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SOFTWARE : Implementation of Design Controls Offers Practical Benefits

Medical Device & Diagnostic Industry
| MDDI Article Index

Originally published July, 1996

Daniel P. Olivier

A major change in FDA's proposed revised good manufacturing practices (GMP) regulation is the addition of design controls.1 The design control elements of the revised GMPs closely resemble the design control elements defined in International Organization for Standardization (ISO) 9001 section 4.4 (see Table I).2

There has been concern on the part of some within industry that the imposition of design controls will result in escalating costs without commensurate benefit. Some manufacturers suggest that new regulatory requirements have historically increased costs, prolonged development and manufacturing schedules, and yet resulted in minimal payback. Design controls are perceived to be another such added cost that hampers productivity and delays time to market. To suggest that design controls can be implemented in a manner that adds to the bottom line in terms of increased quality, higher productivity, and reduced time to market requires some justification. This article will explain a practical implementation of design controls that can provide quantifiable benefits in increased quality and reduced development schedules.


It is important to clarify each of the elements of design controls. The GMP design control categories will be used for purposes of this discussion rather than the categories as defined in ISO 9001. Design controls are considered from a general engineering perspective and are not meant to be applied to a single discipline, such as software, but rather to all product development.

Design and Development Plan. The first element of design controls is to have an organized plan as the basis for establishing design and development activities.3 The plan should define the activities that are to be conducted in support of the design effort and the parties responsible for these activities. The plan should also define the relationship between departments, technical disciplines, and subcontractors that are contributing to the design. Because the responsibilities of individual parties may change throughout the design process, the plan is commonly updated as the design evolves. The plan should provide a general framework to guide the design and development process; if the plan is too specific, it cannot be followed and will quickly become out of date.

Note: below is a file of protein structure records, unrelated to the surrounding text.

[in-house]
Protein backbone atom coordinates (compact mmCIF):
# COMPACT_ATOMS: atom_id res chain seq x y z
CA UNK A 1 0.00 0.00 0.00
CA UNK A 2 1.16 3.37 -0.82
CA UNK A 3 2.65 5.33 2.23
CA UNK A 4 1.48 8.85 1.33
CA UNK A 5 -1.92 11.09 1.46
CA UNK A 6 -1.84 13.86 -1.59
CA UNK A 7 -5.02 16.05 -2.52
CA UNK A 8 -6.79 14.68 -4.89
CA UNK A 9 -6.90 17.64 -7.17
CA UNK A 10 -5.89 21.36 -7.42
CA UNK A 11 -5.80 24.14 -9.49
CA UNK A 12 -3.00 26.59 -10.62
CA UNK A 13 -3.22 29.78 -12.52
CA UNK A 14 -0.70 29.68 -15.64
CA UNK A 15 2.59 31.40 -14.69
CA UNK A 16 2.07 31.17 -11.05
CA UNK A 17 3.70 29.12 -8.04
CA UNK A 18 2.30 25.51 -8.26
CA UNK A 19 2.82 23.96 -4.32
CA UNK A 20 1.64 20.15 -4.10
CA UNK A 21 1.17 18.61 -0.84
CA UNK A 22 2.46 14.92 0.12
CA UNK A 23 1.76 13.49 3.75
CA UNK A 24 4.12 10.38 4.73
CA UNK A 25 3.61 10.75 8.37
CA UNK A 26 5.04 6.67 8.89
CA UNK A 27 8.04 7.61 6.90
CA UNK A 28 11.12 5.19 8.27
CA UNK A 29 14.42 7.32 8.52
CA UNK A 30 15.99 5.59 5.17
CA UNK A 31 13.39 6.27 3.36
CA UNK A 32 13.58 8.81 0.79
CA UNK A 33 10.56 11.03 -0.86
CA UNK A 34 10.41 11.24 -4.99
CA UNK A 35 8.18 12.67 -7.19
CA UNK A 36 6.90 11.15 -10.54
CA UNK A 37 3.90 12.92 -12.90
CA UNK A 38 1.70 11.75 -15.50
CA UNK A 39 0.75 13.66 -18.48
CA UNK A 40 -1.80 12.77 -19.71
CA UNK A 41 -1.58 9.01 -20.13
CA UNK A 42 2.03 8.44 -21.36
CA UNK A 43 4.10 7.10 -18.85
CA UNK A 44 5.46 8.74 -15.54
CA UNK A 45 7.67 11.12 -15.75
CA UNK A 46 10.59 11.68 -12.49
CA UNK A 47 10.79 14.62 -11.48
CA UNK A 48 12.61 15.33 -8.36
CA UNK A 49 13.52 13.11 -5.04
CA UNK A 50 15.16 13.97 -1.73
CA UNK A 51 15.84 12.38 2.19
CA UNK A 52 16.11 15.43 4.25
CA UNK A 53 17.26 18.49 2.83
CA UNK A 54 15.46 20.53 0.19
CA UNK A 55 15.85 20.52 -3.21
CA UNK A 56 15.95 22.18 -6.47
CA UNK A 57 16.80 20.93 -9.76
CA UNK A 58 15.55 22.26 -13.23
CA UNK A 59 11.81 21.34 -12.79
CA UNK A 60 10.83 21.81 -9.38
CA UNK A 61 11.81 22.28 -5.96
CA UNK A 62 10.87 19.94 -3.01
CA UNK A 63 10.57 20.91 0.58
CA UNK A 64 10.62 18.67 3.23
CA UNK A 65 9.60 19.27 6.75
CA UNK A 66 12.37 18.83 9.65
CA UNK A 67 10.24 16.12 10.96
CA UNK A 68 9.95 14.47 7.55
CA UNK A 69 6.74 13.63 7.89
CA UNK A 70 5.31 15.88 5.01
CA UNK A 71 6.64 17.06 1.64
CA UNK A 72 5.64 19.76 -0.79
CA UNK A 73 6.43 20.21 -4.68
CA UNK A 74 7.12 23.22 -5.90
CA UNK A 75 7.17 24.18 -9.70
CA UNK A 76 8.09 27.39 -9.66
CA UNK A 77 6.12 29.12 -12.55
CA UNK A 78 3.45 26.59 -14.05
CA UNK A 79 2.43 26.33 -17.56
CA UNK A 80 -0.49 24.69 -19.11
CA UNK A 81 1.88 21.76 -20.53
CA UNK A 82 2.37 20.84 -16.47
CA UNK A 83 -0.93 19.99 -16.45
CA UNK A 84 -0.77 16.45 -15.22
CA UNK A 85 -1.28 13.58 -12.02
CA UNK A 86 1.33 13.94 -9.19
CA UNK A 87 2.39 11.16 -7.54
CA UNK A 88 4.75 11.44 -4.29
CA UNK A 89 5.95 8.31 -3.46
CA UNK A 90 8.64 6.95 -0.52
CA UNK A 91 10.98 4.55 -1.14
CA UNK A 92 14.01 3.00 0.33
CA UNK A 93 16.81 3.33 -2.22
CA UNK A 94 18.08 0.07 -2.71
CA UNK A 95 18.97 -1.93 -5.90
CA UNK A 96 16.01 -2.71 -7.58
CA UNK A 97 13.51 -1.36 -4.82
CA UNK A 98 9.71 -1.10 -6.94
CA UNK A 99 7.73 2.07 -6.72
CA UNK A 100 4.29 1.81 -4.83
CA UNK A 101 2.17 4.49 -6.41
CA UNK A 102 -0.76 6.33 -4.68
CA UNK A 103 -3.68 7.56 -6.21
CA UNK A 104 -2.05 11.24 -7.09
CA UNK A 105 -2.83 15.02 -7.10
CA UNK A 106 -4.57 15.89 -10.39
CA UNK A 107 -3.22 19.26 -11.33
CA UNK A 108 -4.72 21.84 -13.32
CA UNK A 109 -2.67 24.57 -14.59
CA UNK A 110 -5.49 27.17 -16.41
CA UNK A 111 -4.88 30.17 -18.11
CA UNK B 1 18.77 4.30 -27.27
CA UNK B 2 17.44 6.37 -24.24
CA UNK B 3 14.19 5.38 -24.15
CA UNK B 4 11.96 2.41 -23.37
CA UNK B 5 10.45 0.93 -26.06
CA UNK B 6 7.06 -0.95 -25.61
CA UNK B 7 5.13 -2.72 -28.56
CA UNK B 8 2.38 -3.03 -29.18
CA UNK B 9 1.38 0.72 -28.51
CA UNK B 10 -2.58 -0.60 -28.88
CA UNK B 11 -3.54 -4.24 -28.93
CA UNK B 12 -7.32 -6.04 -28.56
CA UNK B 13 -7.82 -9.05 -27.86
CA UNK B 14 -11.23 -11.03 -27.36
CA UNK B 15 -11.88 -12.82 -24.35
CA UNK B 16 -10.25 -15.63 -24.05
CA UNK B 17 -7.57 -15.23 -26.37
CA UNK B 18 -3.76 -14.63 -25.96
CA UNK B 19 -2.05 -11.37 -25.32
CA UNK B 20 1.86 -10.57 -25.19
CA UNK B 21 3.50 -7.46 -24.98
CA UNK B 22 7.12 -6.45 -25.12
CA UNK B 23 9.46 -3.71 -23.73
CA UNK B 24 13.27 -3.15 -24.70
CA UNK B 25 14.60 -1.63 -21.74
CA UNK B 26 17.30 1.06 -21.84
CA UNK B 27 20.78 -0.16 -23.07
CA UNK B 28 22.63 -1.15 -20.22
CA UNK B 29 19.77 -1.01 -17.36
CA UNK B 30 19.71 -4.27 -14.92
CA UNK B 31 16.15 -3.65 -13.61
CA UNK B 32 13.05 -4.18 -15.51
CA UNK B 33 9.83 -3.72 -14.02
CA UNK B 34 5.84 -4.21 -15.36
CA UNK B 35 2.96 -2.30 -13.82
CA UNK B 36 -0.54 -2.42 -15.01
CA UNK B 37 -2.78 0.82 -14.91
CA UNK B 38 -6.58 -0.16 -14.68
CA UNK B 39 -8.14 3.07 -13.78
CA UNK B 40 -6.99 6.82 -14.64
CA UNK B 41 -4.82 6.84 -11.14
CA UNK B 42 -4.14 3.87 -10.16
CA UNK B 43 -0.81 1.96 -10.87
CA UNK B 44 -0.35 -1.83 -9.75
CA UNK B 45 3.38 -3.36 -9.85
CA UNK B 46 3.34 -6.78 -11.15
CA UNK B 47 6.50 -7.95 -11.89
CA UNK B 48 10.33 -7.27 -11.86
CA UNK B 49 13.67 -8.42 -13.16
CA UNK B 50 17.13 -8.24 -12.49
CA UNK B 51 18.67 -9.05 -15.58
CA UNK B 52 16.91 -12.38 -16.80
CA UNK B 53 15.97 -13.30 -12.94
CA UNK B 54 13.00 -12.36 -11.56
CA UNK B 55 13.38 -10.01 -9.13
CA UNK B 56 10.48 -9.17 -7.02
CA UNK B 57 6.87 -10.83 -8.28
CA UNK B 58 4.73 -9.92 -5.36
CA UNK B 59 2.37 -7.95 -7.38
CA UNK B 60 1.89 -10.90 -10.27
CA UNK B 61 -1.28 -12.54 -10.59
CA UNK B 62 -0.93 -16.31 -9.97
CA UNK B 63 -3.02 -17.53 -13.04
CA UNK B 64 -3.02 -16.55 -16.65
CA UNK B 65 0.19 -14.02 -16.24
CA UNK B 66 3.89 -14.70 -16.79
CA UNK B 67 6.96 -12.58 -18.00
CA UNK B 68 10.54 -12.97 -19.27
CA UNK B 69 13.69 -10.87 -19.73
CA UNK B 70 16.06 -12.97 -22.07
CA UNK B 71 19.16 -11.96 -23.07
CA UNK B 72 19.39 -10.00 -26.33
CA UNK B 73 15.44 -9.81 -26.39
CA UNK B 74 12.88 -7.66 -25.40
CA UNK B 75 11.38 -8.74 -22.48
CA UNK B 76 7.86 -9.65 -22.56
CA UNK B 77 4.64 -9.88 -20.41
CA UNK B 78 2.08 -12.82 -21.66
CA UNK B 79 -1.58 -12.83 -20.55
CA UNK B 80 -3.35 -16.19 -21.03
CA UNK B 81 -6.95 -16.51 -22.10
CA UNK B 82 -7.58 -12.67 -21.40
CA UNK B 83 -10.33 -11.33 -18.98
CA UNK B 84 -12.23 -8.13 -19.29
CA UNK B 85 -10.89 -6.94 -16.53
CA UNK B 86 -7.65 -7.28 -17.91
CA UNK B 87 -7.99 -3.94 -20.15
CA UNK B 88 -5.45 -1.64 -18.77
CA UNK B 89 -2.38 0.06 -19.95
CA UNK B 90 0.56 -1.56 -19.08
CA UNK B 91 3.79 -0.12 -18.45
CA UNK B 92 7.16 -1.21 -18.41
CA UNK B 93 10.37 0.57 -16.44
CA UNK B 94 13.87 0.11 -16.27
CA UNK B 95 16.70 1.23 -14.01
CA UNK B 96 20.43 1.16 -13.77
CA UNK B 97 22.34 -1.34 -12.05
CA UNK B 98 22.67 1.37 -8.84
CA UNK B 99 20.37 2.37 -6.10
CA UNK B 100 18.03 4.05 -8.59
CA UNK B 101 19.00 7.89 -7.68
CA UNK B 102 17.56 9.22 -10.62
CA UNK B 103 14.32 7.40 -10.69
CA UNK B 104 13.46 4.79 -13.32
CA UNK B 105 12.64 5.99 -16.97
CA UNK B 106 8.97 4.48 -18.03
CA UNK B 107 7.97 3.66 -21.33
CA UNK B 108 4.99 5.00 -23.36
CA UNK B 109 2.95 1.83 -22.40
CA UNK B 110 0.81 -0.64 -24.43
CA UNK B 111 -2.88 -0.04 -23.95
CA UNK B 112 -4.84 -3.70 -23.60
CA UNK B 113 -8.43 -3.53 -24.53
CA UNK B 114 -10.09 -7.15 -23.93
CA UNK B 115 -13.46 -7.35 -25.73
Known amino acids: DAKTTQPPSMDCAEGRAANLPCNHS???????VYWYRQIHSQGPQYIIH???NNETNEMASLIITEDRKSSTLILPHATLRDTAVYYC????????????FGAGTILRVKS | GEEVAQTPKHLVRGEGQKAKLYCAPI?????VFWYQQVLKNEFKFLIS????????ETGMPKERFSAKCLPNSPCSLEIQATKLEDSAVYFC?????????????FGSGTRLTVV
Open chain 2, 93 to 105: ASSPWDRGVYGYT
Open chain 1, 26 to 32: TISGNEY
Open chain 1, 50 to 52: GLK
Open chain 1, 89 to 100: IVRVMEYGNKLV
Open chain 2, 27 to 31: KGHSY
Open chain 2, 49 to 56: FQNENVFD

Defining a design and development plan helps establish an understanding among all parties of what deliverables are to be provided and their scheduled delivery dates. Review milestones, regulatory submission requirements, and potential risk conditions are identified at the start of the design process. The plan is not meant to constrain a manufacturer's ability to change the design, but to provide assurance that a formal process is applied that will ensure the quality objectives are continually stressed.

A template for a design and development plan is provided in Figure 1. This outline reflects a standard approach for project management plans as defined by the Institute of Electrical and Electronics Engineers (IEEE) in the IEEE Standard for Software Project Management Plans, 1058.1-1987.4 The outline shown has been tailored for medical device applications recognizing regulatory submission and safety risk assessment requirements.

Design Input. The design input stage results in the development of the preliminary requirements specification. This document defines the essential elements of the product, and the final version becomes the basis for evaluating when the product's design and development is complete. A key element of this phase is for all affected parties to agree when the specification is sufficiently complete and correct to begin formal development. Failure to gain buy-in and understanding of objectives, markets, and key requirements can later result in significant problems as new changes are introduced.5 Changes introduced late in the development process are much more expensive to implement and may delay the project when pressures to accelerate the schedule become more demanding.